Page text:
ment haa decided my plans for the future; hut
until then I will suffer on in silence, and dis
charge my duty, as a son a,id brother."
He paused; his restless eyes ceased their
hurried wanderings, and assumed the soft ex
pression they were won't; while a holy calm
stole soltly over his hitherto, disturbed mind.
He was about to resume his reading, for he
felt that the short space whirh he had set n
part from his laborious task, for the cultivation
of his mind, should be wholly devoted lo that
purpose; when a second glonce at the street
displayed to his view a familiar countenance
from an open window of a magnificent bniUling
across the way. It was a friend of better
days, before adversity's chilling blast had
touched his smil. They-were both reared in
affluence, but now how different their condi
tions in life! One struggling hard with the
grim monster, poverty! the other backing in
the genial sunshine of unbounded vealth.
Charles Ainery felt the change, and in con
trasting tlie present with the past, he was plun
ged into a deeper melancholy than before; -he
was soon aroused, however, b) high language,
coming from the street; he glanced up and
down the same, to ascertcin the cause, when
lo! a sight that made his very soul sicken met
At the foot of the slTect he beheld his fath
er reeling about, much to the amusement of a
group of ill-bread urchins, who were showing
forth the same, much to the annoyance of the
reeling ineberulo, who was venting his fury
upon them in vociferous language. The horror-struck
youth scarcely had time to com
mand his feelings, when of o sudden, he be
held his wretched parent prostrated full length
upon the pavement! Quicker than thought
he tossed aside his book, grasped his hat, and
was soon upon the spot. He instantly sum
moned a carriage, & the filthy, bloated wretch
was ensconscd within, and conveyed to his
When arrived there, Charles Amery be
held in the supposed insensible form of his
parent, a corpse! Nature had endured Its ut
most, and that lilt draught had proved fatal
had consumatcd his mad career.
The bereaved performed the last sad offices
for him, whom, during his life, noprayers, teor-,
no entreaties could save from this terrible fate;
and afterwards, removed to a distant city,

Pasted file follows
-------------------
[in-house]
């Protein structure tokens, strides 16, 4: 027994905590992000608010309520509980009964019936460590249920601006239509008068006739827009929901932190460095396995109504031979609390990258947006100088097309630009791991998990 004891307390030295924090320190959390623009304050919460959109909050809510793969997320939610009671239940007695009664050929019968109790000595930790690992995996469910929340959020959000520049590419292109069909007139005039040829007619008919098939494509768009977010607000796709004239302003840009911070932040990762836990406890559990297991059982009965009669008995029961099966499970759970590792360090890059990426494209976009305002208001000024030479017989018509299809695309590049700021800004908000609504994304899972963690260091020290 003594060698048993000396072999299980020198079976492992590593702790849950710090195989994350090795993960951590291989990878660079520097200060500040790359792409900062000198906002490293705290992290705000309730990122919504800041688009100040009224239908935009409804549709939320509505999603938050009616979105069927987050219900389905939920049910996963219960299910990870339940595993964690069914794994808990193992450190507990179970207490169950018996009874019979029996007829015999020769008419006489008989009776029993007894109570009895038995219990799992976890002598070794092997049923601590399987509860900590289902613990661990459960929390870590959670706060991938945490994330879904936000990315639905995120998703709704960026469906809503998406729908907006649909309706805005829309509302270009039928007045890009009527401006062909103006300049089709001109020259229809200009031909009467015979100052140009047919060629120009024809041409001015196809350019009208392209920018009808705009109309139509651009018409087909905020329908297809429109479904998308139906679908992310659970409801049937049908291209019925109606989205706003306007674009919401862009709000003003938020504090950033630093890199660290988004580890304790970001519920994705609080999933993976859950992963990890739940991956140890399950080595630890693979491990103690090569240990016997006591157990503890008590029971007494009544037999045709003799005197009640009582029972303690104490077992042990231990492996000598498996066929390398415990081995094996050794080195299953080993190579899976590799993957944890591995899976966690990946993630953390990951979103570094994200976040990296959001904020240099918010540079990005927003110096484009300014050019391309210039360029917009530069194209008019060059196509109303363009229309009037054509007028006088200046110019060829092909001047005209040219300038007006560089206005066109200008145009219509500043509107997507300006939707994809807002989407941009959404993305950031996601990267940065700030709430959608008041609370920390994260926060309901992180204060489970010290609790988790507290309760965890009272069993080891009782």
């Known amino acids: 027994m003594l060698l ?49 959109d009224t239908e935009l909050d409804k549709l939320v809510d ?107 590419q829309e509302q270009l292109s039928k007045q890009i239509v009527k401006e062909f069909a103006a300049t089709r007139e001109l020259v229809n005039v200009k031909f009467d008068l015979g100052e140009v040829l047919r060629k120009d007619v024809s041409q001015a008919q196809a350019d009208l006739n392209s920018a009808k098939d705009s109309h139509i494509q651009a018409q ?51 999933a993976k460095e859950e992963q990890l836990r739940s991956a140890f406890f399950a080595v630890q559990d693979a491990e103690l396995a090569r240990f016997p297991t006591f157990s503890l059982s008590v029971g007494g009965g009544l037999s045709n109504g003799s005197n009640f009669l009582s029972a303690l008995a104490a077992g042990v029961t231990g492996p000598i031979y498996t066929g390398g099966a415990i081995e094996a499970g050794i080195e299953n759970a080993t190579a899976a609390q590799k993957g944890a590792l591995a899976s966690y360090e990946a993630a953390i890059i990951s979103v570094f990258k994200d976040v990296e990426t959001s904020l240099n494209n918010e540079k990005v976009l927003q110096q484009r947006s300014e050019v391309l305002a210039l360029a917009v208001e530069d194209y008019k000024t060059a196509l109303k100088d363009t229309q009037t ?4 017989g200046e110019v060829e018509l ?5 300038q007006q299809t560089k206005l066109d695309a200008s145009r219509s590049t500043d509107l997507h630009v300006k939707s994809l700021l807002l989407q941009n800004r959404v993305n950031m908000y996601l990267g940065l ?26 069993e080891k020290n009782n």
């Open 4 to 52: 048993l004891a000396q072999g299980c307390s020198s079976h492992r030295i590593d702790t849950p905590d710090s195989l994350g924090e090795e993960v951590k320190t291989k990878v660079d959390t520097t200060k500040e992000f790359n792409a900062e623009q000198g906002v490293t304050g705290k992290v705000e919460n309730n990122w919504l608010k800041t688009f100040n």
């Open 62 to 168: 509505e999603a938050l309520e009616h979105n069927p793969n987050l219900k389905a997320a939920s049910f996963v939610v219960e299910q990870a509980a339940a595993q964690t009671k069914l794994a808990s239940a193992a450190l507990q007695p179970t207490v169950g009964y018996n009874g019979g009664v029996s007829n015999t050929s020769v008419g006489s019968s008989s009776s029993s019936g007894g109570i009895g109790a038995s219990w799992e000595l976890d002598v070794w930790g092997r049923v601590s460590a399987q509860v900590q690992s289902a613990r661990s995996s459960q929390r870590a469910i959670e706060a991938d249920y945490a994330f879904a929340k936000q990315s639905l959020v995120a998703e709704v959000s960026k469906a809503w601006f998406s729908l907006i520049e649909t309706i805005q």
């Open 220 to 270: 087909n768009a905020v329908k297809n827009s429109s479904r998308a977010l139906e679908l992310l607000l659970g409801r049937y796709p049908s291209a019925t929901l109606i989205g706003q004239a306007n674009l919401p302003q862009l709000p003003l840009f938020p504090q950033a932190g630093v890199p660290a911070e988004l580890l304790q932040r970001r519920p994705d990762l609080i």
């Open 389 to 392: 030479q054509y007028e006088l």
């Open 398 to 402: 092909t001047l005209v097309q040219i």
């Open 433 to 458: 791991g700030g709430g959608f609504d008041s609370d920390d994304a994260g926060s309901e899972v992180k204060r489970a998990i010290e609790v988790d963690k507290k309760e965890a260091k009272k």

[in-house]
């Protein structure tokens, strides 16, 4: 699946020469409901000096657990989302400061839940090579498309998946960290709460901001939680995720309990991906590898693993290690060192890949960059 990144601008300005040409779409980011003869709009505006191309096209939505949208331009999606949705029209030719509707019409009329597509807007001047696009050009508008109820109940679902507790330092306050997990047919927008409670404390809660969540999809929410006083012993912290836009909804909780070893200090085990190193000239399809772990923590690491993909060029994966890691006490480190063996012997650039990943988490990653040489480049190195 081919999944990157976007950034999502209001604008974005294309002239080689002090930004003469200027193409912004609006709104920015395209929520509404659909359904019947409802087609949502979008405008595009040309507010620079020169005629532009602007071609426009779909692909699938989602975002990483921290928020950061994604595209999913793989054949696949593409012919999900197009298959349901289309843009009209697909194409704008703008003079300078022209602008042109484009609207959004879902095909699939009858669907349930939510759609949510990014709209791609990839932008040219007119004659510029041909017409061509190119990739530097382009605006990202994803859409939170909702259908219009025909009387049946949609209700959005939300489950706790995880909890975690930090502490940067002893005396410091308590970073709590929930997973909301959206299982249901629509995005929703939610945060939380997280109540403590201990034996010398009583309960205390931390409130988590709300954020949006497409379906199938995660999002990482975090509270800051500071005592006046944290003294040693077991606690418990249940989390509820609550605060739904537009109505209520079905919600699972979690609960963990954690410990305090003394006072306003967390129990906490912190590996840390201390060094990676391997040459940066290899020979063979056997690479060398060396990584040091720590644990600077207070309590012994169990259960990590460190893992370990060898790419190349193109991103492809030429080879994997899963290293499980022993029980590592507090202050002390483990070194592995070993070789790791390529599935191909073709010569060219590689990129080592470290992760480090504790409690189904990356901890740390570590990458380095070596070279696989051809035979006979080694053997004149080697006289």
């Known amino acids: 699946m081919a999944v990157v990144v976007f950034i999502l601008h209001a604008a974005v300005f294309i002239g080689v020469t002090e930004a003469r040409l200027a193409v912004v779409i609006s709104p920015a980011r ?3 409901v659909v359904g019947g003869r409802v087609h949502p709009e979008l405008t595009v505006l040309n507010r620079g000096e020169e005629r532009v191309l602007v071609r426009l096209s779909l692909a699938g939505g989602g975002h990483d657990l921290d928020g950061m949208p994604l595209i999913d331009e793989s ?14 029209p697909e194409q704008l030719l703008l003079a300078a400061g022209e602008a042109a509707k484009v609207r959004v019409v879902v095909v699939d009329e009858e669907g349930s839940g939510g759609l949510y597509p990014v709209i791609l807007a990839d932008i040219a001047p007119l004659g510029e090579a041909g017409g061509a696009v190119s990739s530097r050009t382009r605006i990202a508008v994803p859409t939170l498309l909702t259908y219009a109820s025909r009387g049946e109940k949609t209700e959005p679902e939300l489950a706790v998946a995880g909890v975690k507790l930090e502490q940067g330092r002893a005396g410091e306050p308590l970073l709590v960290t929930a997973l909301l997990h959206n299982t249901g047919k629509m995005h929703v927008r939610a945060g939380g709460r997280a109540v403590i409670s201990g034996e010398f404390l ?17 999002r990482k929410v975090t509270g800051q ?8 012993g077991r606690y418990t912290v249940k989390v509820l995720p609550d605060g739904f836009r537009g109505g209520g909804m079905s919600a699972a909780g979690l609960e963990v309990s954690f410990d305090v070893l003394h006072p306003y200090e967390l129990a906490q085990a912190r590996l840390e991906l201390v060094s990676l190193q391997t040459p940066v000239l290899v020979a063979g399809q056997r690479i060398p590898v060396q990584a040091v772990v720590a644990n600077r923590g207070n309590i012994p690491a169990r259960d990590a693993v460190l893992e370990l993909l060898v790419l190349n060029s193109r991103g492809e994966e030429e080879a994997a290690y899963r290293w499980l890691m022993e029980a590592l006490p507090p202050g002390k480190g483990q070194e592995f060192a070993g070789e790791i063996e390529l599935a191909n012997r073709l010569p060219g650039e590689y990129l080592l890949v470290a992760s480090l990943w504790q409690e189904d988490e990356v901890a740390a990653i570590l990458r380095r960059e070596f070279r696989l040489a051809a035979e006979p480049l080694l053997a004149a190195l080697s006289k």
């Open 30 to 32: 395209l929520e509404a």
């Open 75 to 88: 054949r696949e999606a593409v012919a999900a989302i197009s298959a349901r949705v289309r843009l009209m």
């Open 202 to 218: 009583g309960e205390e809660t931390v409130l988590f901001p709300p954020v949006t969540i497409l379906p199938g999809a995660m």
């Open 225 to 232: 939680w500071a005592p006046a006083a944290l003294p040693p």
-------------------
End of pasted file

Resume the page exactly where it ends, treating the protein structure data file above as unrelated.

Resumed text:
where, through the efforts of Charles Amery,
prosperity was again restored to them.
Years have passed since then, and Charles
Amery has arisen to eminence. He never, in
recalling the past, regrets the efforts made in
the dark and trying hour of Adversity. And
now, as his little ones cluster about him, he
reherses to them tho sad tale of his past ex
perience, and enjoins upon then to be dutiful.
ELLEN'S HALF DOLLAR.
A USEFUL LESSON.
Ellen Villiers was the orphan niece of a
wealthy farmer, who had commenced the
world with no capital hut industry. Fortune
smiled upon his labors, and he was soon able
to purchase for himself a snug farm, upon
which he built a neat cottage, and went on
ycur after year, adding truct after tract of land
to his tvide domains until ho could look for
miles around on his own possessions. A
I little village reared its head amidst it beau
tiful cluster of elm trees, and owned him ns
its master, and was also known by his imtne.
He had, in early life, selected one from
amongst his neighbors, with whom to divide
his cares and share his Joys; und hand in
ban J they had journeyed on through life's
tedious way, so immersed in the tumult of
business as not to perceive the vacancy
around them. Hut at the age of fifty, Mr.
Granger found that, notwithstanding the
bounteous gifts of Providence, there was a
void in his breast; he had no smiling offspring
to gather around his knee at dewy eve, no
lisping pratlcr to greet his return.
However he was not long loft to mourn
over his lonely state; the death of an only
sister, at this period, gavo to his ch'irge the
orphunt Ellen, and tho old man entered, as it
were upon a new life.
There was no pain that Ellen'a presence
could not mitigate, no grief she could not
assuage. No fears or threats could alarm
him, save the fear of losing Ellen, the idol
of his hopes, the center of his attractions.
Merry Christmas paid its annual visit
to the young folks, and the corner allotted to
Ellen for her playhouse groaned beneath the
tokens deposited there by numerous friends
for the purpose of delighting the fancy of tho
child, or gaining the favor of the wealthy
uncle. Among thereat of tho gifts was a
bright half-dollar, whirh she turned over and
over, and laid it in her work-box.
Christmas sports and pastimes over, the
i toys and playthings lost their attractions,
and Ellen siglijed for something new on
which to bestow her attention.
She became pleased with a pretty doll
which she saw one of her pluymaled have,
and expressed a desire to have one, as she
said it cost only a dollar, and alio could
' purchase it at her ovr n expense.
The doll was accordingly purchased, and
Ellen called to receive her charge, and take
good care of it until she needed something
"Oh, my beautiful doll and my half-dollar
too!" cxciuuied Ellen in surprise, hor beau-
' I fa ' ' -ifl' I ni I ii -.
1 ..!, Innate ' irlgi i .- -.
t tifnl eyes meanwhile beaming with dellgh
, towards her no Itm delighted uncle,
i Home moments after this, a neighbor rnllet
I on Mr. Granger to iollct aid In relief ing i
, family who had been reduced to beggary bj
(be Intemperance of her husband; but ait
. was sternly refused, as the old gentleniar
, Raid ho had hut little idea of wasting his sub-
Rtance on drunkenness and idleness.
, The friend, unwilling to be put off
- continued to plead for tlie starving wife ant
i helpless children.
Ellen who had been playing behind hei
- uncle, was an Attentive observer of all thai
was passing, and skipping galyly from hei